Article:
Sometimes the most practical of ideas are right before us, but we don't see them right away.

This applies to the Department of Revenue and Taxation's dilemma. It wants to hire more tax enforcers, but a big chunk of its budget is being sucked dry by the 40% rent increase for its main office, which costs more than $1.3 million a year even when it used to be a warehouse store.

Rev and Tax's challenge with funding more tax enforcers was discussed at a legislative meeting Wednesday.

After learning of this, and to help Rev and Tax pay for more tax enforcers, Public Auditor Benjamin Cruz, who held the legislative budget and finance committee chairmanship for years, offered a solution.

Collect more tobacco taxes by plugging a tax-collection loophole.

Cruz suggested Thursday to Sen. Sabina Perez, chairperson of the Committee on Environment, Revenue and Taxation and Procurement, to repeal of the tobacco tax provision requiring bonded warehouses. By repealing this provision, tobacco tax collections will improve and fairness will be promoted among the island’s five tobacco wholesalers, Cruz said.

The bonded warehouse arrangement has allowed tobacco wholesalers to delay tax payments on products until after they are discharged from their bonded warehouses.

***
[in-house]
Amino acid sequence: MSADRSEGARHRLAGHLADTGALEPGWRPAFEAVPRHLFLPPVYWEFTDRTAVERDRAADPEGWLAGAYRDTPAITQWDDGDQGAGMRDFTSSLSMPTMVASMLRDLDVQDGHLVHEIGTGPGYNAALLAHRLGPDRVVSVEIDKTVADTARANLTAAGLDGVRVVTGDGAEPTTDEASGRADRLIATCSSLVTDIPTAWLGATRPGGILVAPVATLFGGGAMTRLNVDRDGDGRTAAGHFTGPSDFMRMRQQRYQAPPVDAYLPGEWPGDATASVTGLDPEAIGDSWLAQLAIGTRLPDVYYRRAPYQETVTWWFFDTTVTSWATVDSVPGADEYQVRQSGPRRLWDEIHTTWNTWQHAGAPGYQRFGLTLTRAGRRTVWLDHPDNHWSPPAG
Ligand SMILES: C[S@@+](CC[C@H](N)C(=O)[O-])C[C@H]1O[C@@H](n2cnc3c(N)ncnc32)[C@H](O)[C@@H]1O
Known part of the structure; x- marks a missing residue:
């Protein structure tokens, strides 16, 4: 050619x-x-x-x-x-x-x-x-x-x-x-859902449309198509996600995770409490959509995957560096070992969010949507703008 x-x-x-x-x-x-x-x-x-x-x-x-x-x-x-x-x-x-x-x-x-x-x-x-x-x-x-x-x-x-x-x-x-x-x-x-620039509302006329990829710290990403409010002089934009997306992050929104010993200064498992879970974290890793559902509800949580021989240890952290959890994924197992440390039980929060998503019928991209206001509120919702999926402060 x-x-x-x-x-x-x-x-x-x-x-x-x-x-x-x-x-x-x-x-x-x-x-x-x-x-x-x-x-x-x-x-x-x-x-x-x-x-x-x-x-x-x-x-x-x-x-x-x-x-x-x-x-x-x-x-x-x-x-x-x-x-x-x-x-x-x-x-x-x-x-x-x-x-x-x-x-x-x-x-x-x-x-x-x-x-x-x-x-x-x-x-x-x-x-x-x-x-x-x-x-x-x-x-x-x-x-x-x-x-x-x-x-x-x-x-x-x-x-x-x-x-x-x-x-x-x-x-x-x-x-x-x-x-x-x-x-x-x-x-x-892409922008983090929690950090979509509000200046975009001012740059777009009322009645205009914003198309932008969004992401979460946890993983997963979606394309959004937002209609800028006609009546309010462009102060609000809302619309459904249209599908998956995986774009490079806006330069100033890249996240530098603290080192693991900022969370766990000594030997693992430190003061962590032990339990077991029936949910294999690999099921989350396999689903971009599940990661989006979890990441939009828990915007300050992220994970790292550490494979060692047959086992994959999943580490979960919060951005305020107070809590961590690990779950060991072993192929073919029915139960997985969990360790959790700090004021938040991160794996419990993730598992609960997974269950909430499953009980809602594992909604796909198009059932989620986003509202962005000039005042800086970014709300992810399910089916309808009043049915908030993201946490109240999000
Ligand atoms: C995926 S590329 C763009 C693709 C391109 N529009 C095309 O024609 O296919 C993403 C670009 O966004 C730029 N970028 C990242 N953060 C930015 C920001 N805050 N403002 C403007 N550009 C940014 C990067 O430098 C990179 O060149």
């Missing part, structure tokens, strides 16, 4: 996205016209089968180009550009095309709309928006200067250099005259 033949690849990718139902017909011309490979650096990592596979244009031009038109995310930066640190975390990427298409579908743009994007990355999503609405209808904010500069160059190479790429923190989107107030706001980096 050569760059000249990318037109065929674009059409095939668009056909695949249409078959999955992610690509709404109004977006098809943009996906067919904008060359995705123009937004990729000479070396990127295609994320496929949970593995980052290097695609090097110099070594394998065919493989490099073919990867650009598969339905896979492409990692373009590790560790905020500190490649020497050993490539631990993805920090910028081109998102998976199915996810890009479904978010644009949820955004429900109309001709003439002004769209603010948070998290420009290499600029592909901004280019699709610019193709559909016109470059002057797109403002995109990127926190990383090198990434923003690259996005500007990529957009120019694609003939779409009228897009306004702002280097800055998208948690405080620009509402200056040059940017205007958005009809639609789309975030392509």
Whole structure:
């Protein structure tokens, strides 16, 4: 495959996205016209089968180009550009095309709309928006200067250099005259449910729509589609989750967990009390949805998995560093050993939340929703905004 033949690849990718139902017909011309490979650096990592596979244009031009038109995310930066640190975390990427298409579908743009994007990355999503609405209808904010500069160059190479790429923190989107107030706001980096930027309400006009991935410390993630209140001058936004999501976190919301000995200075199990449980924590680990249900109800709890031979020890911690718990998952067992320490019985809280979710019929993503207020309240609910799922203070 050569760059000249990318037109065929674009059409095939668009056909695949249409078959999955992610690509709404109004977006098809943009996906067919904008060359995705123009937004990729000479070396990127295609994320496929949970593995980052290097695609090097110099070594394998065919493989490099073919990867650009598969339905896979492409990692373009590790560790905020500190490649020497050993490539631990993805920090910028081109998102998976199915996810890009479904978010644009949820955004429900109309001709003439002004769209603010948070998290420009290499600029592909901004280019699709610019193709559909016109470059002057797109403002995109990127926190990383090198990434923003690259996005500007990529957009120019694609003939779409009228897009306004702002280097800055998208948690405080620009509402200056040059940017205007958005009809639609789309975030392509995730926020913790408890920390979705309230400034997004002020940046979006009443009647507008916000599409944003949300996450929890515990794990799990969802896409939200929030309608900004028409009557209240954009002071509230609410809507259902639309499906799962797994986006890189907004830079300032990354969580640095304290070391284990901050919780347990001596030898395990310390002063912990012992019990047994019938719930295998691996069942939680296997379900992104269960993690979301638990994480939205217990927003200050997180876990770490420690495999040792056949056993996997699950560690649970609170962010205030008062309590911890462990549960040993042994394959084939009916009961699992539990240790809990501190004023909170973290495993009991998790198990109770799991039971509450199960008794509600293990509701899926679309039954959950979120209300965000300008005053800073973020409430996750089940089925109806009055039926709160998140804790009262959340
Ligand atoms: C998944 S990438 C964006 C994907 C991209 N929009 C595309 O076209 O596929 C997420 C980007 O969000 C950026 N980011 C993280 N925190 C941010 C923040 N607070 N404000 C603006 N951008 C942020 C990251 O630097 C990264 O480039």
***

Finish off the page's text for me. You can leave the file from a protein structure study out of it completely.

However, in a 2018 audit report, auditors found there were instances the department was not assessing the tobacco tax during the storage and withdrawal of the tobacco from the bonded warehouse. DRT was also not verifying the wholesalers' tax filings against the release of tobacco products from the warehouse for retail, the audit found.

"In light of recent headlines pertaining to the Department of Revenue and Taxation’s staffing, technology needs, and tax collection efforts, I think it is an opportune time to review and repeal the provisions of the law requiring bonded warehouses," Cruz said. "By repealing the need for a bonded warehouse, we could improve tobacco tax collections by taxing all tobacco products when they arrive on our shores. This would eliminate the need for DRT employees to verify what comes in and out of the bonded warehouse and free them up to pursue other priorities of the agency."

This makes sense. We hope the current set of administration officials and senators will listen to advice from a longtime public figure who knows what he's talking about.

This also helps to streamline tobacco tax collections and avert a repeat of an alleged tax evasion scheme stated in a lawsuit.

The lawsuit, filed by a whistleblower, Frank San Agustin, earlier this year, has alleged a tax evasion scheme stemming from the alleged underreporting and unpaid tobacco tax of $13 million. The lawsuit alleges an unnamed local tobacco wholesaler sold or illegally gave away tens of thousands of cartons of cigarettes after they were moved from bonded warehouses into the retail stream, and did not pay taxes as required by the law, court documents state.

Bonded warehouses might have seemed like a good idea many years back, but now Rev and Tax enforcement needs to try something new. If it's working only to the detriment of the public, it needs to be fixed.

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